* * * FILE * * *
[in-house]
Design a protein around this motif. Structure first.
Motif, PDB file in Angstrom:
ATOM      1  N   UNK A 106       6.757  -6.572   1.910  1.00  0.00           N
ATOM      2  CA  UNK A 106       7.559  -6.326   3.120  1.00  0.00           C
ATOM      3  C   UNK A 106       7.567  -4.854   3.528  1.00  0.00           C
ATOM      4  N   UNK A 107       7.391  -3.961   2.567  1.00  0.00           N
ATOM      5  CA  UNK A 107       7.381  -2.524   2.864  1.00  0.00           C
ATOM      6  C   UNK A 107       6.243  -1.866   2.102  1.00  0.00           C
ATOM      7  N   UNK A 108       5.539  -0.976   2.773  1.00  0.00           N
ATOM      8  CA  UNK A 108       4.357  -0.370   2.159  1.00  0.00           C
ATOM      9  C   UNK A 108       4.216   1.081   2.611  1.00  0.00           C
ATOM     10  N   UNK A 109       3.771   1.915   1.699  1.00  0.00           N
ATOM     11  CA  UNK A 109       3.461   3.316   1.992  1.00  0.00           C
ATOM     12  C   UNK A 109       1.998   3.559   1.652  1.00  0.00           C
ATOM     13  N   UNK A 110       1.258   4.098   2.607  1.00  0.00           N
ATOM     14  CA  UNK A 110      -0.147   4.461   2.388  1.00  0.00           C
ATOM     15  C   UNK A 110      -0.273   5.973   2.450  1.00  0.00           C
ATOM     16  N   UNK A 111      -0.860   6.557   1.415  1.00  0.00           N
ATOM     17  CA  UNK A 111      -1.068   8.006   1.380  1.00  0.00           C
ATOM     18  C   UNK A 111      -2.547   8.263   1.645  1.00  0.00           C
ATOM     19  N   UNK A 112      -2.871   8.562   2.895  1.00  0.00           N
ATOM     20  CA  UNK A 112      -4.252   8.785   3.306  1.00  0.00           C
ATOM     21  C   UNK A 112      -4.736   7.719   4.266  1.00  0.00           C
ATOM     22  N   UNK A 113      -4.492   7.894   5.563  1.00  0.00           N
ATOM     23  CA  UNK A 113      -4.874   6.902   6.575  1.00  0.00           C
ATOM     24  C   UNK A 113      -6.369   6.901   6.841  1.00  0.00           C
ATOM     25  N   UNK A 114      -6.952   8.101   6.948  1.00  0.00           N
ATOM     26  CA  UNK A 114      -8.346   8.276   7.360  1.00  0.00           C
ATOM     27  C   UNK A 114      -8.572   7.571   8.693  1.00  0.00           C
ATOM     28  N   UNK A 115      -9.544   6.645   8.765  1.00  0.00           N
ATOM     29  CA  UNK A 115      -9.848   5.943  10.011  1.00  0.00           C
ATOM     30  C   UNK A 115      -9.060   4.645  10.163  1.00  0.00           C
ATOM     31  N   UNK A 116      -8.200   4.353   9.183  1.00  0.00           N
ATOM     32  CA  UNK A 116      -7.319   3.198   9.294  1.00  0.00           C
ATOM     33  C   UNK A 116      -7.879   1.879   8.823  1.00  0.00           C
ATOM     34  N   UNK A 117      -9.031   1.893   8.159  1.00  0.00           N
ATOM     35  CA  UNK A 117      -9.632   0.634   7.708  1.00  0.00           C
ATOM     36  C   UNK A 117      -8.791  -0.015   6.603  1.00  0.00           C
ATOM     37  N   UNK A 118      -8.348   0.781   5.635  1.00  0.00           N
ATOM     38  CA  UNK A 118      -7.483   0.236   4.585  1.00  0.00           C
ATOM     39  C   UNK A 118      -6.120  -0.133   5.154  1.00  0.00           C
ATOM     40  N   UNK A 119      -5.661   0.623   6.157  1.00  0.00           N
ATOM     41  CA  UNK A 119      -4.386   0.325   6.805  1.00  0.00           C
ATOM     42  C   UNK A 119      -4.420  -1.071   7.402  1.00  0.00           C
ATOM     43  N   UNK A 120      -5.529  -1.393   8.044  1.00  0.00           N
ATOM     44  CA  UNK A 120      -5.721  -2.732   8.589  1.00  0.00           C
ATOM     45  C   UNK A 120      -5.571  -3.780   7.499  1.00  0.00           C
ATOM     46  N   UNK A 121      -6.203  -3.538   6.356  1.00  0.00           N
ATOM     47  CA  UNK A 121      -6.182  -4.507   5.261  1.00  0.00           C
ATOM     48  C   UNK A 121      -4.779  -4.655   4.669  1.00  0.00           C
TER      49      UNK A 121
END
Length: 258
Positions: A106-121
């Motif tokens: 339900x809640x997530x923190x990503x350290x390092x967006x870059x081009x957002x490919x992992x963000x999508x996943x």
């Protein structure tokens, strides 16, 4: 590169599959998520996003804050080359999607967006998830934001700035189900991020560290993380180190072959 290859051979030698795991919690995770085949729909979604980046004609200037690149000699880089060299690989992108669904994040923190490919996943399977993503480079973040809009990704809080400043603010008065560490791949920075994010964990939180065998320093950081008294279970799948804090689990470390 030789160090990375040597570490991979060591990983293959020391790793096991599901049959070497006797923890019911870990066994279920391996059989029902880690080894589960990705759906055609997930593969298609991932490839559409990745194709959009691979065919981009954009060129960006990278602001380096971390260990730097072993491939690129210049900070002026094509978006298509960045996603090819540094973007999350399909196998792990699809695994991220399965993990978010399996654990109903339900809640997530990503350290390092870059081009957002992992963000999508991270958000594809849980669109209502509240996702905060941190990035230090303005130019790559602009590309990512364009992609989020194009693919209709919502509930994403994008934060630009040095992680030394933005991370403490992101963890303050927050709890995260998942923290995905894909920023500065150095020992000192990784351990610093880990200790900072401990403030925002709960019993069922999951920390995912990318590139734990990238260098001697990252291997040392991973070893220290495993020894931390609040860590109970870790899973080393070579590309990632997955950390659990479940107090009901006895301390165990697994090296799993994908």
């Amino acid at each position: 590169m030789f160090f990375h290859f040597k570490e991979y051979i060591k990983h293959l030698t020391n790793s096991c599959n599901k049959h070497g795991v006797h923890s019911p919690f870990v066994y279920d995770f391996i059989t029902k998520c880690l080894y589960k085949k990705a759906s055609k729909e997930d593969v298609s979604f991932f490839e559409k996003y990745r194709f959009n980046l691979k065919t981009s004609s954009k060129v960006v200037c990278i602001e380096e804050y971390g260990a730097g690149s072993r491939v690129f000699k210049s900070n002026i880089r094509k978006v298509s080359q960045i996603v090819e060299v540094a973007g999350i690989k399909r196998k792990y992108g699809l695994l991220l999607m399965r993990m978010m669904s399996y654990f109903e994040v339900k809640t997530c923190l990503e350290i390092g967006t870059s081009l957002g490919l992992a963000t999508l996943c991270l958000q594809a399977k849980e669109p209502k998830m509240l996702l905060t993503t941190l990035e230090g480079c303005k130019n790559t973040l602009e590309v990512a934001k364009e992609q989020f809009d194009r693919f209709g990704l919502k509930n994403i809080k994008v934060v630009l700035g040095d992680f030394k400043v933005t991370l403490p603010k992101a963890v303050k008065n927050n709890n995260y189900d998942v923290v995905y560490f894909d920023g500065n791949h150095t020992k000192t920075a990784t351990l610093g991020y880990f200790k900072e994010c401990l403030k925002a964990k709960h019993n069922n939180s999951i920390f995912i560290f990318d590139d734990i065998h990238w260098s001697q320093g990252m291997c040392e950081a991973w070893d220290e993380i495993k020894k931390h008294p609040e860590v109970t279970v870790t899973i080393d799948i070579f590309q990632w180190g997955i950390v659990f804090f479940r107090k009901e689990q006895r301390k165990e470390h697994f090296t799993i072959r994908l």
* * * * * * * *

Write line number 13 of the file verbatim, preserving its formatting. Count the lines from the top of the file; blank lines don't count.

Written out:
ATOM     10  N   UNK A 109       3.771   1.915   1.699  1.00  0.00           N